Idaho Falls Power

About Idaho Falls Power


Hydropower plants

The City of Idaho Falls has operated a municipal electric generation system since 1900. The first generator, power by water from a canal, originally provided electricity just for street lights. The current system now generates and distributes electricity for a multitude of uses to all residents residing within the corporate city limits of Idaho Falls. The system is operated by the City’s Electric Light Division, which does business as Idaho Falls Power.

The current generation system is composed of two main projects--the Bulb Turbine Project and the Gem State Project.  The Bulb Turbine project replaced or augmented three hydroelectric facilities constructed along the Snake River between 1912 and 1940. The plants at the original Upper and City sites were virtually destroyed by the Teton Dam collapse and flood in 1976 and required replacement.  The Old Lower Plant facility did not sustain as much damage and was retained.  The new bulb turbine facility was constructed adjacent to it.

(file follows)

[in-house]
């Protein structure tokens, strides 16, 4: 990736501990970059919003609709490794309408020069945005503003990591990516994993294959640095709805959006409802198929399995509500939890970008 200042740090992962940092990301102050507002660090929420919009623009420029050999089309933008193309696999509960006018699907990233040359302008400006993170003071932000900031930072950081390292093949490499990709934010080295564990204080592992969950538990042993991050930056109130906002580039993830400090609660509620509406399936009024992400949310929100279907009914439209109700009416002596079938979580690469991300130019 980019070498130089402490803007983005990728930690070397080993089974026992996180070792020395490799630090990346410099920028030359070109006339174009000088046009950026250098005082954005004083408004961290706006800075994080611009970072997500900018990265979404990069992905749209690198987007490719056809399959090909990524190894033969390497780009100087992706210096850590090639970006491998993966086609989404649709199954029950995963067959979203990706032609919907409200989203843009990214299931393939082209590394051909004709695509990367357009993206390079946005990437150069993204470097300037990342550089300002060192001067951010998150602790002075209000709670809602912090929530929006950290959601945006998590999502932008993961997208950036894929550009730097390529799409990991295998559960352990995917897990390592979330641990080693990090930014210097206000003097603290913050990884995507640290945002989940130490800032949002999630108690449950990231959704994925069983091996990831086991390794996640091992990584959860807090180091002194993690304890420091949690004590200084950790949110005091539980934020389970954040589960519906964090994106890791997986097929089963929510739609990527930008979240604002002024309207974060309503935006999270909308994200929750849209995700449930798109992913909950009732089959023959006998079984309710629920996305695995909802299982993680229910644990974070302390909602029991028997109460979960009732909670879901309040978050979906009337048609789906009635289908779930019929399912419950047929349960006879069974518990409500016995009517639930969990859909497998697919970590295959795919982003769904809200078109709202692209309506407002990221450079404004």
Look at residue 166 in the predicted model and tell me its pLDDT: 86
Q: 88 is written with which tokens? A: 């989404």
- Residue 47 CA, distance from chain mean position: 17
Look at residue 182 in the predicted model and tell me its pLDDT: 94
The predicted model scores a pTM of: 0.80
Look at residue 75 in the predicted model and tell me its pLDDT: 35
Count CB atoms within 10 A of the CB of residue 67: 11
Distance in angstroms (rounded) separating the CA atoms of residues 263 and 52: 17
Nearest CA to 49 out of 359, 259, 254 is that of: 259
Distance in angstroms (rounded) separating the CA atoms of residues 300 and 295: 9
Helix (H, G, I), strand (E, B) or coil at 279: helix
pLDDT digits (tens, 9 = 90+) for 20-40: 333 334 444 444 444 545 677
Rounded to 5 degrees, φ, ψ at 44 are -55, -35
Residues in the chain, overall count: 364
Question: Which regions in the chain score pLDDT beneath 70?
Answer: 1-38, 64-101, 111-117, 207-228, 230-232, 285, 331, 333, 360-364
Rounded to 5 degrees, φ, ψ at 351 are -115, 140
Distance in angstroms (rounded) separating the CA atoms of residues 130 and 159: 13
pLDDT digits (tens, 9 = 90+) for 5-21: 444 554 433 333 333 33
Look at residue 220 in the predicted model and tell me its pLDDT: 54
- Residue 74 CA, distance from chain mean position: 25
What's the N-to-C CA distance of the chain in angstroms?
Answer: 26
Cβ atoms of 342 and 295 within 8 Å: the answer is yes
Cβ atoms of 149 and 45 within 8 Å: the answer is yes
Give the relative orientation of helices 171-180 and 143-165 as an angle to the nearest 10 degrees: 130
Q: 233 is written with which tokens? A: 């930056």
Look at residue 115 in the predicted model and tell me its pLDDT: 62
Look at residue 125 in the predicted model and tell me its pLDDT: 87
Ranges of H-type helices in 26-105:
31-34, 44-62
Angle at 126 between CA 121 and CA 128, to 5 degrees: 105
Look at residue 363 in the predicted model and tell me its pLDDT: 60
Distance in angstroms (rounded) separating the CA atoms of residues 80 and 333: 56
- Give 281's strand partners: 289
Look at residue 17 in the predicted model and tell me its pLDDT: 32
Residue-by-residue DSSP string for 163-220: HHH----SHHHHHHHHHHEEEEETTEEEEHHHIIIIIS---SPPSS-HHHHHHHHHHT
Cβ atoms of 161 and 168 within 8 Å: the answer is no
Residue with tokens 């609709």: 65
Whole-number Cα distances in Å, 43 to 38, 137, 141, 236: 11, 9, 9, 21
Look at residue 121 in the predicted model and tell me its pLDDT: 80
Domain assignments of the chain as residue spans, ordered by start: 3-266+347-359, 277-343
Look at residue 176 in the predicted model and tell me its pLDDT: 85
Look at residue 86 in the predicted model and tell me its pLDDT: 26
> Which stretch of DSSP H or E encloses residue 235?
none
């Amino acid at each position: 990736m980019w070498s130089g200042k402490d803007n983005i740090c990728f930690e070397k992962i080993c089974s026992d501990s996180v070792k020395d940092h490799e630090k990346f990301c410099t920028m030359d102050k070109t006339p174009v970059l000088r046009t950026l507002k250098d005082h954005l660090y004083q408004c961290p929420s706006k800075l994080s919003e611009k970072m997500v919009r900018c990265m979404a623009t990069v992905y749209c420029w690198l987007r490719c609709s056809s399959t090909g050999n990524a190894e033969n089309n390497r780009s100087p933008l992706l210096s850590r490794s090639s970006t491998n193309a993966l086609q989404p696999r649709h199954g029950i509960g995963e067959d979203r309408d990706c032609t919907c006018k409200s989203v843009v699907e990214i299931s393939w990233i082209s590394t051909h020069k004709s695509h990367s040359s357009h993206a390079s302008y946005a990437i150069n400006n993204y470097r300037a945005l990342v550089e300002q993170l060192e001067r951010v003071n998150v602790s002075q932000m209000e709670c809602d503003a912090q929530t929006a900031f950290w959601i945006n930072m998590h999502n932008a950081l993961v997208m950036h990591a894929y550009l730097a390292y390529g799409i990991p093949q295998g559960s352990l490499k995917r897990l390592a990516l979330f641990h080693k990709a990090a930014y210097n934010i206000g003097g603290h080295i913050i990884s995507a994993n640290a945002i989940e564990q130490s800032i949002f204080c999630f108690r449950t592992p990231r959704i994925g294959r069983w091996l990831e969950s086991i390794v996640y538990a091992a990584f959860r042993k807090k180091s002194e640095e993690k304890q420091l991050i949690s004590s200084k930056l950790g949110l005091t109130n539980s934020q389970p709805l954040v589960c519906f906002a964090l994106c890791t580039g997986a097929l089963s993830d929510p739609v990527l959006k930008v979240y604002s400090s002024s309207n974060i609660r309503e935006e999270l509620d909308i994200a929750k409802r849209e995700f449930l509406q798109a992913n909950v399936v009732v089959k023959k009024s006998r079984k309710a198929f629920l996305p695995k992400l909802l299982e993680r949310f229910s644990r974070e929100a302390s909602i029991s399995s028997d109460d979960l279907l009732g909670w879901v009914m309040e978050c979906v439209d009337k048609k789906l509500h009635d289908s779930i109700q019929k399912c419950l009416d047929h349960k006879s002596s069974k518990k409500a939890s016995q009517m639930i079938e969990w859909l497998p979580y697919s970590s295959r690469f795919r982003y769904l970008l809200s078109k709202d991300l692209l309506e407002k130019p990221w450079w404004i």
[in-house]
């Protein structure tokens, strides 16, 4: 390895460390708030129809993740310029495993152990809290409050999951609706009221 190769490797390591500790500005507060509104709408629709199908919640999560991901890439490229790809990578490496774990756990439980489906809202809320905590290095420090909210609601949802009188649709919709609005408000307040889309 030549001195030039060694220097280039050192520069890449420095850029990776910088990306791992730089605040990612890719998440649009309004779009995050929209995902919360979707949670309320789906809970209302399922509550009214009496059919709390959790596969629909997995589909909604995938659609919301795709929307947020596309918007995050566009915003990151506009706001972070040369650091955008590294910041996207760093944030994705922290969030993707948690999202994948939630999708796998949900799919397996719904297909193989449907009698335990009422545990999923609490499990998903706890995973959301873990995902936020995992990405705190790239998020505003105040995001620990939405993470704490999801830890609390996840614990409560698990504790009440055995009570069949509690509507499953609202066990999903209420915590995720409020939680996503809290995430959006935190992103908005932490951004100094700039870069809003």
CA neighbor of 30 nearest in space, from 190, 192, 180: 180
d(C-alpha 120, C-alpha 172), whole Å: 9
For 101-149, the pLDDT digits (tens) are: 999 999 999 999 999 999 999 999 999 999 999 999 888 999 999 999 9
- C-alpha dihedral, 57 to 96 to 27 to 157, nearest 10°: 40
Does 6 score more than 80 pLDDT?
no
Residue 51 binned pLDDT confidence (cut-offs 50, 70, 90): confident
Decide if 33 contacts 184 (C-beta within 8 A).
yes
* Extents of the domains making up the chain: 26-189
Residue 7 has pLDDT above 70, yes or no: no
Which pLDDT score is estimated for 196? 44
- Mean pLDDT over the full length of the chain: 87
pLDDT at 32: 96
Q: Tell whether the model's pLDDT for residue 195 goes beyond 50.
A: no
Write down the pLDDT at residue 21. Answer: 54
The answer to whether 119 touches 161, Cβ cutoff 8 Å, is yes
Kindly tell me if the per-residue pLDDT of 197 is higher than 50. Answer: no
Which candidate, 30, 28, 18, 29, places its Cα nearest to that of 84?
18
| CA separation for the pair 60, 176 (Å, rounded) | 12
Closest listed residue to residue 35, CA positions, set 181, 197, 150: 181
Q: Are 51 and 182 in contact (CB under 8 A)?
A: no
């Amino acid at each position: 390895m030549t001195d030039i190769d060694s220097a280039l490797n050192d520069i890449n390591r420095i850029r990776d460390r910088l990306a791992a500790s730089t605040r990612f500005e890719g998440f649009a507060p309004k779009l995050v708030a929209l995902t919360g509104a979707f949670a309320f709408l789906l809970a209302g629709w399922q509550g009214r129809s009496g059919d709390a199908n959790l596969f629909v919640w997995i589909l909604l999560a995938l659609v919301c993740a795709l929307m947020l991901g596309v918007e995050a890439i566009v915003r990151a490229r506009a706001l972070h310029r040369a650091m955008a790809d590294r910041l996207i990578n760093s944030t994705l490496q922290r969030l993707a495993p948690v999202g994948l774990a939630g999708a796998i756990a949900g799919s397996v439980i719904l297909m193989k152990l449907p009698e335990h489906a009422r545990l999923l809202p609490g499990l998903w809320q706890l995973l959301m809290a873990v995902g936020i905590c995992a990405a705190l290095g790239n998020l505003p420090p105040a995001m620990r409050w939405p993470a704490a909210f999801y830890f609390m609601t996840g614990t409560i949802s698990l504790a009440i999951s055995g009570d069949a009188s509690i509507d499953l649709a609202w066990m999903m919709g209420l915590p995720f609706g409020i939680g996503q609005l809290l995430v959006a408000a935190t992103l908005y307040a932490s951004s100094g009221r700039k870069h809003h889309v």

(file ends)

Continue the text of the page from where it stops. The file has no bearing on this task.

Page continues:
Construction began in 1978 and was completed in 1982.  The Bulb Turbine Project was one of the first in the United States to use the European technology of placing the turbine-generator entirely within a horizontal water passage.  The generator is enclosed in a water-tight seal “bulb” and connected to a downstream runner by a horizontal shaft.  The advantage of using this technology over the more common vertical-shaft turbines, is that it better utilizes the relatively low-head (water height) in the stretch of the river around Idaho Falls.

The available head at each of the three sites is approximately 19 feet, which is low compared to most utility-scale hydroelectric projects.  Each of the three plants channels up to 6000 cubic feet per second of water through the turbines to produce up to 8000 kilowatts of energy each.  The total production from the three plants sites produces approximately 100 million kilowatt-hours of electricity annually.

The Gem State Plant is nearly as large as the Bulb Turbine Plants combined.  It was constructed at an abandoned hydroelectric site south of town on the Bonneville-Bingham County line.  Construction began in 1985 and the plant was completed in 1988.

The power house contains one vertical Kaplan Turbine with an installed capacity of 22.6 megawatts operating under a 43 foot head.  Its 40 foot high, 3600 foot long earth-fill dam, impounds a reservoir of 5,000 acre-feet with a surface area of 305 acres.  This has become a popular area for fishing and boating for area residents.  The plant produces approximately 120 million kilowatt-hours of electricity annually.  Total output from all the plants produce about 30% of the annual electricity requirements of Idaho Falls customers.

For more information about hydropower, go here for the Foundation for Water and Energy Education's website.